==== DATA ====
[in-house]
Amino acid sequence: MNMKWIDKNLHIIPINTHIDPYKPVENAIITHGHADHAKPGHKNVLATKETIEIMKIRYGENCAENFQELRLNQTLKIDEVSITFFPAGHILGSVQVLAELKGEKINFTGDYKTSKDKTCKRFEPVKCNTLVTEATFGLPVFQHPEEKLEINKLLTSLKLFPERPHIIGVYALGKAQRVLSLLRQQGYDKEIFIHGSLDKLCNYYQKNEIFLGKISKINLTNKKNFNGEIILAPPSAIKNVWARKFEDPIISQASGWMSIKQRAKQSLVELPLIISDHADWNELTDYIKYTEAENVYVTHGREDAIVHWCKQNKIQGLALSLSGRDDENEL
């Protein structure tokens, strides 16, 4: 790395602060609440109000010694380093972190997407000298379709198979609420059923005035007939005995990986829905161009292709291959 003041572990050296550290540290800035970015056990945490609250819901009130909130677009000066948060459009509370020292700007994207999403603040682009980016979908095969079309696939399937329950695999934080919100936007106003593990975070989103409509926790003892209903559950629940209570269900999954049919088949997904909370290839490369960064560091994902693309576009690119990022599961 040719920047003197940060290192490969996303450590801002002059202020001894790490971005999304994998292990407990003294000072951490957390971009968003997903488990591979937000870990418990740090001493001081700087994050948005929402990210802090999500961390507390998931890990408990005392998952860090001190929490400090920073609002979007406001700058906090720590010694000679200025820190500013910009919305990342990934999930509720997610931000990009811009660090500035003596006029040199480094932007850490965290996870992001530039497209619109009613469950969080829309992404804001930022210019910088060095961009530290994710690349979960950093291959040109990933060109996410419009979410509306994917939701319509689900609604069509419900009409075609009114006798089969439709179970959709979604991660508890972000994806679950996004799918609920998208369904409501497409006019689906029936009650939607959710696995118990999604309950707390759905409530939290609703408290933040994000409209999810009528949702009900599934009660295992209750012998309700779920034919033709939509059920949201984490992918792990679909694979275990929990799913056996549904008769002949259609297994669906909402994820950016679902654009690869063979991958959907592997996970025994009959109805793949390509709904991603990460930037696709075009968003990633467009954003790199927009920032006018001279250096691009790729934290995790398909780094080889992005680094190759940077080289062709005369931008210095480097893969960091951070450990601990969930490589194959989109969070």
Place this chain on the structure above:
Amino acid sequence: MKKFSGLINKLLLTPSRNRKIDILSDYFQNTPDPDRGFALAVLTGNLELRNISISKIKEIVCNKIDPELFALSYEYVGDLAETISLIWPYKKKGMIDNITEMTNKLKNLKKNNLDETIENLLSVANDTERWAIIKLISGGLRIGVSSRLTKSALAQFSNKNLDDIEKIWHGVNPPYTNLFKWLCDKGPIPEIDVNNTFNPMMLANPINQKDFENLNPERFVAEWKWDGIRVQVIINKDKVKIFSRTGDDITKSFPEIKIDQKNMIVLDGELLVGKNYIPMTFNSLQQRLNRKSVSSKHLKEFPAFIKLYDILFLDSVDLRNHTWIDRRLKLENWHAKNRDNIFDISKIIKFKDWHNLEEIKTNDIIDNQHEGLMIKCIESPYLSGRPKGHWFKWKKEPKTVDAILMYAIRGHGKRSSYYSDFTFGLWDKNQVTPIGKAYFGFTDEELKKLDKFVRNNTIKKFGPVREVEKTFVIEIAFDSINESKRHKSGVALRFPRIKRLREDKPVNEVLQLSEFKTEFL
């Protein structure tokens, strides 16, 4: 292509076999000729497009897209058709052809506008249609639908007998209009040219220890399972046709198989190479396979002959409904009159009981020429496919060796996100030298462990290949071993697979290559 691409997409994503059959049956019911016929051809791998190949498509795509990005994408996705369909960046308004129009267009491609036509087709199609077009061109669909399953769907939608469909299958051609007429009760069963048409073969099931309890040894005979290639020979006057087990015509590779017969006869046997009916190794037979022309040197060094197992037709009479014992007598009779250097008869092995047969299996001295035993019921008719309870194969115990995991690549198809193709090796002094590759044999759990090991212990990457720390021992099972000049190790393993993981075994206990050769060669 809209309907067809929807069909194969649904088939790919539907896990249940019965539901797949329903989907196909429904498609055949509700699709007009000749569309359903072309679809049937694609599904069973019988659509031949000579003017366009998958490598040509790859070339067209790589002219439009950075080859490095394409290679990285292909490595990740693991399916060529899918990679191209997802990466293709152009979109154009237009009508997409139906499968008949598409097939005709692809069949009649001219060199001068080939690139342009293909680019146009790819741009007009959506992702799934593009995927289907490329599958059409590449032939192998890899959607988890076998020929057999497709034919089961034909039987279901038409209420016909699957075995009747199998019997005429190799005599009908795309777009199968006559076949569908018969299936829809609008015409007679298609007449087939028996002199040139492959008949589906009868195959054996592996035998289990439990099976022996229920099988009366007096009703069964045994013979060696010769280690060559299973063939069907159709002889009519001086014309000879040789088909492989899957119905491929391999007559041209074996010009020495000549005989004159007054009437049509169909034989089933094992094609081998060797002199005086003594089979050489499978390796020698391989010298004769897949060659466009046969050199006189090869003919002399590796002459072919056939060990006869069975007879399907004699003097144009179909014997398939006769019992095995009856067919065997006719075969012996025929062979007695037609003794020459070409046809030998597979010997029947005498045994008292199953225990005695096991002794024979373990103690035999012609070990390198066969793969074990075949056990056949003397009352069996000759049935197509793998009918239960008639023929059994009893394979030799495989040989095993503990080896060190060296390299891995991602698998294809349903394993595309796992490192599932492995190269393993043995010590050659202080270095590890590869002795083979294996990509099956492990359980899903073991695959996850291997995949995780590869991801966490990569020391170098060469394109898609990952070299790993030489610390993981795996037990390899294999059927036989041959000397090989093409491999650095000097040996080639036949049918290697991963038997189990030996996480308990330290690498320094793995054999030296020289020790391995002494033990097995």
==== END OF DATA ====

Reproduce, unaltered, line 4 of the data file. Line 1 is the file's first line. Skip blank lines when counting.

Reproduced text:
Place this chain on the structure above: